A company founded by two University of Toronto researchers will be manufacturing a portable ventilator that could help Canadian patients with COVID-19.
The portable intensive care unit, operated by battery power, has a ventilator and can perform vital signs monitoring, among other features.
Originally developed to treat members of the military who had been critically injured and were in need of transport, the technology will now be used to assist patients who need life support due to the current global pandemic, according to Dr. Joe Fisher, a professor in the department of anesthesiology and pain medicine at in the Faculty of Medicine and a staff anesthesiologist at Toronto General Hospital in the University Health Network (UHN).
“I think that this device has several roles in the COVID-19 pandemic,” says Fisher, who is co-founder of Thornhill Medical, which sells the device. “The first role is to help with a surge in supply – if you want to open up a new ICU bed, all you need is this and a stretcher, and you can do that.”
Thornhill Medical was cited by Prime Minister Justin Trudeau in a speech Friday morning that focused on Canadian innovators who will be helping in the fight against COVID-19, which now has more than 1,000 confirmed and presumptive cases across the country.
“Dr. Fisher and his colleagues have always thought ahead, ‘What if? What if these devices were needed to support large numbers of patients?’” says Dr. Beverley Orser, professor and chair of the department of anesthesiology and pain management. “They have used their creativity, knowledge and ability to form teams to create these technologies so we can share them with the world.
“Dr. Fisher has always been committed to doing the right thing and sharing technology to support others. He is an incredible innovator.”
Fisher and Dr. Ludwik Fedorko, an associate professor in the department of anesthesiology and pain Medicine, founded Thornhill Medical in 2004, a spin-off of work done at U of T and UHN.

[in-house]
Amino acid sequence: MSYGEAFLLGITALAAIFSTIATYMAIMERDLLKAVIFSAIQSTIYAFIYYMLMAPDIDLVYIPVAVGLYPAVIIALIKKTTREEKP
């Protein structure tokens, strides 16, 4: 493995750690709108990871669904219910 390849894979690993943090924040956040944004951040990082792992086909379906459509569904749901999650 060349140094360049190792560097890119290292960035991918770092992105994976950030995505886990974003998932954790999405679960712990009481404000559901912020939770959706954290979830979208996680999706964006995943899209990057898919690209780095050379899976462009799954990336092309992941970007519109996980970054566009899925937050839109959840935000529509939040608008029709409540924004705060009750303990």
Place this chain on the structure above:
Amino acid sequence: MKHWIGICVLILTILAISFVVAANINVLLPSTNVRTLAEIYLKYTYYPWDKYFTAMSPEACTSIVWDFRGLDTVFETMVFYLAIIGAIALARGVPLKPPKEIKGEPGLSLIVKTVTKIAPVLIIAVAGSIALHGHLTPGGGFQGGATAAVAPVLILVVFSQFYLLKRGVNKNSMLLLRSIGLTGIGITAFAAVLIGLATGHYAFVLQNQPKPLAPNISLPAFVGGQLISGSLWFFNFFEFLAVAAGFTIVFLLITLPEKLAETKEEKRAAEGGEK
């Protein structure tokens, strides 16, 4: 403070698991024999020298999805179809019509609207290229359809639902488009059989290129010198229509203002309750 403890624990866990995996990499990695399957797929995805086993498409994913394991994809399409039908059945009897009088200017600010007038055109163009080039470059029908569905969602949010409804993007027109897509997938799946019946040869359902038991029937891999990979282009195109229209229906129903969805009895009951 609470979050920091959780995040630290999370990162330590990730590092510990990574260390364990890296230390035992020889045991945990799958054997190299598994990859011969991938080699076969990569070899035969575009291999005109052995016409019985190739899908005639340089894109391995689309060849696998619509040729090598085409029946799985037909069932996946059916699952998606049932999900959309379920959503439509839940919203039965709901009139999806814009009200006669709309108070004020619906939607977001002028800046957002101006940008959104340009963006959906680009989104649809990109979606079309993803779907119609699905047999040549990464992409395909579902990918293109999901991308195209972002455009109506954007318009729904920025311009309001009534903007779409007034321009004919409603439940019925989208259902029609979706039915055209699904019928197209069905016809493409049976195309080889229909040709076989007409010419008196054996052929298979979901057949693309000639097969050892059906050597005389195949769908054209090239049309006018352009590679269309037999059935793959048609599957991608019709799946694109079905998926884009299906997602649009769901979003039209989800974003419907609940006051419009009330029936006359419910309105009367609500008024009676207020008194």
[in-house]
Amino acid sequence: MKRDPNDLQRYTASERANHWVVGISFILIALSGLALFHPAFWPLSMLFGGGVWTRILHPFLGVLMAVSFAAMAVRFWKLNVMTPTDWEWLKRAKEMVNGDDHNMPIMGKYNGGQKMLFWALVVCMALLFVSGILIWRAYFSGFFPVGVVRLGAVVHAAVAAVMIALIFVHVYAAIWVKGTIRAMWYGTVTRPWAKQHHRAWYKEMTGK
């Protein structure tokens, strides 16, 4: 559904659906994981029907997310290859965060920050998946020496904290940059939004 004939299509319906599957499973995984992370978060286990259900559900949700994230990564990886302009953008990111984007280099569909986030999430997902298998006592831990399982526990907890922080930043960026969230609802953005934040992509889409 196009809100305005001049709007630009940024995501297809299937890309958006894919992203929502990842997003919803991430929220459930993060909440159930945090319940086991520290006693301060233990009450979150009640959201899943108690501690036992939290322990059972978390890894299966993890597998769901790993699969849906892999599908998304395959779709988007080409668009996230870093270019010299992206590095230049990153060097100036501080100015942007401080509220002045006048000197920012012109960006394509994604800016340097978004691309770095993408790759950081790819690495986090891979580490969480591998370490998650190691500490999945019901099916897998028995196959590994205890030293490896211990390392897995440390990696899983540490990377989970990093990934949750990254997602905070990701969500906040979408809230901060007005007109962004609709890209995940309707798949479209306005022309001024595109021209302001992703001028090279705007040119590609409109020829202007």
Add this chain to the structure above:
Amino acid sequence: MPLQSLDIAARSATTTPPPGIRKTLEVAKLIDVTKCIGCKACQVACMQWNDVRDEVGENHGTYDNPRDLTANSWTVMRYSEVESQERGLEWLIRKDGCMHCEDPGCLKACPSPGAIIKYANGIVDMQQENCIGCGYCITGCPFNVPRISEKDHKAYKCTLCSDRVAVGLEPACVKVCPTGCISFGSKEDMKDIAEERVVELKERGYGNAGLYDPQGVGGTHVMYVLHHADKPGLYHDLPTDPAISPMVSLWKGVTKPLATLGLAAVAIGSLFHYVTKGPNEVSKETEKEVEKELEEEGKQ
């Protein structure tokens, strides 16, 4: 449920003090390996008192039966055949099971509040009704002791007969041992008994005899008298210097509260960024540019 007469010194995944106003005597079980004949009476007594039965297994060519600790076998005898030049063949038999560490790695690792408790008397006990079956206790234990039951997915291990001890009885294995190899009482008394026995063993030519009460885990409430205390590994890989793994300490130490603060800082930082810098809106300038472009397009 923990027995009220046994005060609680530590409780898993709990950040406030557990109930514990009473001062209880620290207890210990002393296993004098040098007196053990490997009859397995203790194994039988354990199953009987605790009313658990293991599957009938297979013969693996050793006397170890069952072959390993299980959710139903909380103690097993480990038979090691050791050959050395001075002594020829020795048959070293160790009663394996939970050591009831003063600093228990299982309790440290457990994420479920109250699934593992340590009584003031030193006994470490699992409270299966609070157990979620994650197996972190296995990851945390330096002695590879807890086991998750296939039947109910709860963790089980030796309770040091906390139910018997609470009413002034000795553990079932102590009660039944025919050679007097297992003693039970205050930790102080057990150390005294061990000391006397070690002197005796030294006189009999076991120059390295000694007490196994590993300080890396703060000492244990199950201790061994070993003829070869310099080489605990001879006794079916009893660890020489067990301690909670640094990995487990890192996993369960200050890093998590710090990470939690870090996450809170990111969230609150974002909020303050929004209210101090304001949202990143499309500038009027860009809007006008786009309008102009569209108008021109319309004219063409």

Fisher says his hope is that the device will provide life support and vital signs monitoring to those in dire circumstances.
“I think that its main function is to provide a compact platform to provide critical care. It may also provide back-up care when there is no electricity and when no oxygen is available,” says Fisher.
There are other important features, he says.
“This was also designed with transport of patients in mind – such as if you need intra-hospital transport, to take a patient from the ICU bed to CT scan or to the operating room. Right now, it’s extremely challenging to do that,” says Fisher, adding that it takes a significant amount of effort by staff to move a patient.
“This device is easily attached to a hospital bed or stretcher, provides all the ICU functions to the patient and you just roll out the bed and can move them. If the patient needs to be transported to another hospital, it simply fits into the ambulance at the patient’s side, continuing the same level of life support.”
There have been widespread concerns expressed about the availability of ventilators for COVID-19 patients as the number of people who have contracted the disease continues to rise.
While the portable intensive care unit will now be used as part of the response to COVID-19, the inspiration for the device dates back more than 15 years.
“I came to the attention of the United States Marine Corps around 2004, when they were looking for a device that would get rid of their use of oxygen tanks in the field,” says Fisher, adding the military moved away from using oxygen tanks in portable intensive care units during overseas operations because the oxygen tanks were targeted as explosive devices in battle.
“We were the first to provide the marines with the capability of providing injured patients with high oxygen concentrations without use of oxygen tanks. Once created, the device was tested and the Marines engaged us to add more and more features, including the ability to ventilate patients. Then they wanted to extend the design so it can be used during transport in a helicopter, aircraft or ground transport vehicle while a person remained on life support,” Fisher says. “These features had to be invented from scratch, and integrated with each other. And they were, even if it took five or six years.”
Fisher says the portable intensive care unit was the result of a concerted effort by a group of people.
“First of all, it’s compact. Our device weighs about 40 pounds and works off batteries. In all other devices, batteries are for temporary use and need to be plugged in,” he says. “It’s completely self-contained: What you have in that little box is everything that there is in an intensive care unit – all the monitors, the ventilator and the oxygen. But in this case the oxygen doesn’t come from a tank but from the air.”